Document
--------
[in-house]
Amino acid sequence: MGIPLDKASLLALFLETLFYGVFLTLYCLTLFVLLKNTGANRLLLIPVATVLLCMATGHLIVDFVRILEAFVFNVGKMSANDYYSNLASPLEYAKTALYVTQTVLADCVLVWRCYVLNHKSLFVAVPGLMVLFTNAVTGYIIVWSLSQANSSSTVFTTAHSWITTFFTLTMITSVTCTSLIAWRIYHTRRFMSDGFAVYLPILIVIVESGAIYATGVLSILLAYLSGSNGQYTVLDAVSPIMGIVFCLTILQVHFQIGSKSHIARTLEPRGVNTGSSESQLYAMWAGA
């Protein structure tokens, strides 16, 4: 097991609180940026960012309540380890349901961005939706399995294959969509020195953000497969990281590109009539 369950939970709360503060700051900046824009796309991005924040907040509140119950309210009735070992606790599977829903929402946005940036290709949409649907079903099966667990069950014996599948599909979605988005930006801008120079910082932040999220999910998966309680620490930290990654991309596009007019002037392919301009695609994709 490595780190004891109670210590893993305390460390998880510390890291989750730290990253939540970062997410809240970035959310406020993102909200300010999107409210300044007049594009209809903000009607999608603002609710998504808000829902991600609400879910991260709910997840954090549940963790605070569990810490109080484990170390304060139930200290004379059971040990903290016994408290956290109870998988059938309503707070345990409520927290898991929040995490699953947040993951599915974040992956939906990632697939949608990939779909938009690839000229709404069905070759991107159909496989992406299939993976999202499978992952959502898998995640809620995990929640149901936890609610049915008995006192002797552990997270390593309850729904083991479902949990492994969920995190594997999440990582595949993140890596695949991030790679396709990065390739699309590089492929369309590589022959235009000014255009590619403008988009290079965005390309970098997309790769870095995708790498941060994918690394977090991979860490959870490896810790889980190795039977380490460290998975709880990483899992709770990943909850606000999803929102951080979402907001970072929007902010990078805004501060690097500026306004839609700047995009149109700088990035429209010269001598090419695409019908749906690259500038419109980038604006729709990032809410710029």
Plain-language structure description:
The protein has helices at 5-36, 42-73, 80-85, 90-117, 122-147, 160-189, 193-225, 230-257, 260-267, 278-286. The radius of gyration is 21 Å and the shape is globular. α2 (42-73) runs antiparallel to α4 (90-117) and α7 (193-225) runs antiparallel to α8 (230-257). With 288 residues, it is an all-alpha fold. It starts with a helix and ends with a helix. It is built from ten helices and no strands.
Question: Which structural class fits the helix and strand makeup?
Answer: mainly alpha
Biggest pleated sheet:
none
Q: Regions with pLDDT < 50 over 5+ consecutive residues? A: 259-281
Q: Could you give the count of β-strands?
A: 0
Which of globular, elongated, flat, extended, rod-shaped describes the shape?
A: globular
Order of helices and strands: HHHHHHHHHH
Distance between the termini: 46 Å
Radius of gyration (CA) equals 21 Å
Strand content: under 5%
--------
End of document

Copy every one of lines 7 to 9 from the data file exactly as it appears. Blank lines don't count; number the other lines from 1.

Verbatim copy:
Answer: mainly alpha
Biggest pleated sheet:
none